Another interesting element is what Donald Featherstone might call the "Military Possibilities" concerning additional Afghan troops believed to be on their way to reinforce the Afghan positions at the time the battle took place...
(…or 85 Inf. figs & 25 Cav. figs - but is that just too much?!?!)
Again, depending on how well-balanced the scenario proves itself to be during play-testing, use of these potential Afghan reinforcements could provide an "equalizer" -- though my expectation is that it is the British who will probably need more troops, perhaps to be provided by Robers' real-world substantial reserve force, due to the very strong defensive positions occupied by the Afghans at the start of the game.
NOTE: I have been unable to find ANY MENTION WHATSOEVER of Afghan Cavalry, be it Tribal irregular horsemen or Regular Army Cavalry troopers, being present at Charasiab. The only mention of any mounted Afghans is a reference to mounted leaders on horseback atop the mountains at the North edge of the battlefield, encouraging their men and mocking the British. If anyone reading this has read something to the contrary, relating to the presence of any regular or tribal Afghan cavalry being present during the battle, I'd love to hear from you!
Beyond the narrow matter of Afghan cavalry, if anyone out there has some supplementary or contradictory info with regard to the British order-of-battle as discussed above, I'd truly appreciate hearing from you in the comments section below!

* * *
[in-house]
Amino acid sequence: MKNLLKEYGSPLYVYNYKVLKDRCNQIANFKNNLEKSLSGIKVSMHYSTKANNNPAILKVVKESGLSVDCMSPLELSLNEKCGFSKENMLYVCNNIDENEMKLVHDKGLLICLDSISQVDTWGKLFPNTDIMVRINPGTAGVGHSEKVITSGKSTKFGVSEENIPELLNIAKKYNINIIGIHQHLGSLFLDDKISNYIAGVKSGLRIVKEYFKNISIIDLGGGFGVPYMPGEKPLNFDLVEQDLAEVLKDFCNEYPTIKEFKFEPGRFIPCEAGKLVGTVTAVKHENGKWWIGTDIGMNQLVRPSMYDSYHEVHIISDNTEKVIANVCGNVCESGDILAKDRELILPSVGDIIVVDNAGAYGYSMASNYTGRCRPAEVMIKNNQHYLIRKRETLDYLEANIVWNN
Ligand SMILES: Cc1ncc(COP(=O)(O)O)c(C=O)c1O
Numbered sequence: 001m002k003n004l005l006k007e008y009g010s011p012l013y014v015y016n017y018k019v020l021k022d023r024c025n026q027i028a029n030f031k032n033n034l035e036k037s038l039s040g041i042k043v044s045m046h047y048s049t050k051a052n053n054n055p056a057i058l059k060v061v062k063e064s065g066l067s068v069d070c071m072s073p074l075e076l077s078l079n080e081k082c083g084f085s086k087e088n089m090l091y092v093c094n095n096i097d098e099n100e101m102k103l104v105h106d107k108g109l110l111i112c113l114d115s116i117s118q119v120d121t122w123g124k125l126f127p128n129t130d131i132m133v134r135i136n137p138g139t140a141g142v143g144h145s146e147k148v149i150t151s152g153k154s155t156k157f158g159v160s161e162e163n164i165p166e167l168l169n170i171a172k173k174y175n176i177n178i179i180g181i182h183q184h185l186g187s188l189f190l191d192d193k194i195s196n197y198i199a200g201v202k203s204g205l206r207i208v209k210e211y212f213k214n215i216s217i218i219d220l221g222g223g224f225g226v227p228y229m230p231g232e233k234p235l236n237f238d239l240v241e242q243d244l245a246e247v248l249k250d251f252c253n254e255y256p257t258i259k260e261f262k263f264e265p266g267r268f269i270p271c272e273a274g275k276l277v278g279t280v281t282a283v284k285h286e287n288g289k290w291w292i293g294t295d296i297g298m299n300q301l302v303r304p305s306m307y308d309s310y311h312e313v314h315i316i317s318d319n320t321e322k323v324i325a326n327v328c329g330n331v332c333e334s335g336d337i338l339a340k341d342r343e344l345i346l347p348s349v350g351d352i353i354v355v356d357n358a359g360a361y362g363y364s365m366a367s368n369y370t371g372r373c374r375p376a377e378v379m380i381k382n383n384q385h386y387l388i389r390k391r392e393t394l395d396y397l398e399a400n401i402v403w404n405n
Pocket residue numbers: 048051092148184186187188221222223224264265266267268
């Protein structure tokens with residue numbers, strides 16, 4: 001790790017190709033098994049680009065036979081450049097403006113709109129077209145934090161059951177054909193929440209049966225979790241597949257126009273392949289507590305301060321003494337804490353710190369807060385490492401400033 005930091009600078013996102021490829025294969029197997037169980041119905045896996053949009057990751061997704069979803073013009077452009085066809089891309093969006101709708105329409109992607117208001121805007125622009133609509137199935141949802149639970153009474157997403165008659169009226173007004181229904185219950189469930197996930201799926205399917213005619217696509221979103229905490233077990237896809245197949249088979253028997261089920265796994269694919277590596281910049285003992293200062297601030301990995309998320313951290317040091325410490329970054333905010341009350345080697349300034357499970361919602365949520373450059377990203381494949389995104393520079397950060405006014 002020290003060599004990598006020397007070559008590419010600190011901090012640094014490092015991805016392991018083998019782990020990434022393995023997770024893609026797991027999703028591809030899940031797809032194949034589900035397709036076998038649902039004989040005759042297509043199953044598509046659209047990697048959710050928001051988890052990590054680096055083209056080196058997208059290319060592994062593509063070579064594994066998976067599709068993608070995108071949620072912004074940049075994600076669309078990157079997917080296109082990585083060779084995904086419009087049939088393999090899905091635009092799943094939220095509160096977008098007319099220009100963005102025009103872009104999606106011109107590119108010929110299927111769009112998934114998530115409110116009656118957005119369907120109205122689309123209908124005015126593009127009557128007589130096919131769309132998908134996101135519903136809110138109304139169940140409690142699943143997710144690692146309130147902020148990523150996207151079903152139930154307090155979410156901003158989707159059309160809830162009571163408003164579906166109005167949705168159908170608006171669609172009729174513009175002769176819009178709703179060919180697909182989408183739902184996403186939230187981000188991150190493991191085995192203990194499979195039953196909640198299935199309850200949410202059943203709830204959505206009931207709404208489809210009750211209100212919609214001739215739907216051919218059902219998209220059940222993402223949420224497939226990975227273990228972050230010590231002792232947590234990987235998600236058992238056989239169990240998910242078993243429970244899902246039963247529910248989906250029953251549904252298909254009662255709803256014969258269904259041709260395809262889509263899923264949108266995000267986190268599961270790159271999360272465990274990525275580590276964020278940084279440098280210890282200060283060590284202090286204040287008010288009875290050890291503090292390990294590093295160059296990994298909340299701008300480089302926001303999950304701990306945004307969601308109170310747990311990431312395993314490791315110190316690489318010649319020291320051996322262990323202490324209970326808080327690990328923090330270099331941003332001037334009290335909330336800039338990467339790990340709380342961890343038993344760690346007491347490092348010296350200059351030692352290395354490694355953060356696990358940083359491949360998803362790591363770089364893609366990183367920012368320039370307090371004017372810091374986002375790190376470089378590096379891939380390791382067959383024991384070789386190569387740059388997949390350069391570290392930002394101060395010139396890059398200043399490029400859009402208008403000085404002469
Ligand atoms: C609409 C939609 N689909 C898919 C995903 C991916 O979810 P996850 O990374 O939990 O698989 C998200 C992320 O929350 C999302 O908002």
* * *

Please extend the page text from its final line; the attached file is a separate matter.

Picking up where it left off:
...ONE LAST THING:
This is the first time in a LONG TIME I've put a post up here without any visual content whatsoever. Even though I highly value the research and thought I put into the above post... I have something I figure I can add to spice things up just a lttle bit -- my homemade version of the Sang-i-Nawishta monument that had stood at the Southern edge of the Sang-i-Nawishta Gorge since it was put there at the order of Mughal Emperor Sha Jahan some time in the early 17th Century. Shah Jahan ordered a road built through the gorge, linking the Logar Valley with Kabul to the North. When when the road was done the "Carved in Stone" monument was erected at its Southern entrance to mark the event. Sang-i-Nawishta translates to "carved in stone" and became the name for the gorge itself.
After his army won the victory and he advanced North and occupied Kabul, General Roberts had the "Sang-i-Nawishta" stone transported to the Sherpur Cantonments and placed in front of his tent.
Here's my scratchbuilt attempt at a 28mm version, using a couple of garden wood-chips, a square shaped antique Mughal coin and an early 20th Century Iranian coin (turns out the winged lion holding a sword on those Iranian coins is almost identical to the 17th Century Mughal emblem used by Shah Jahan's regime) mounted onto a 40mm Round Rock Base from Itar's Workshop...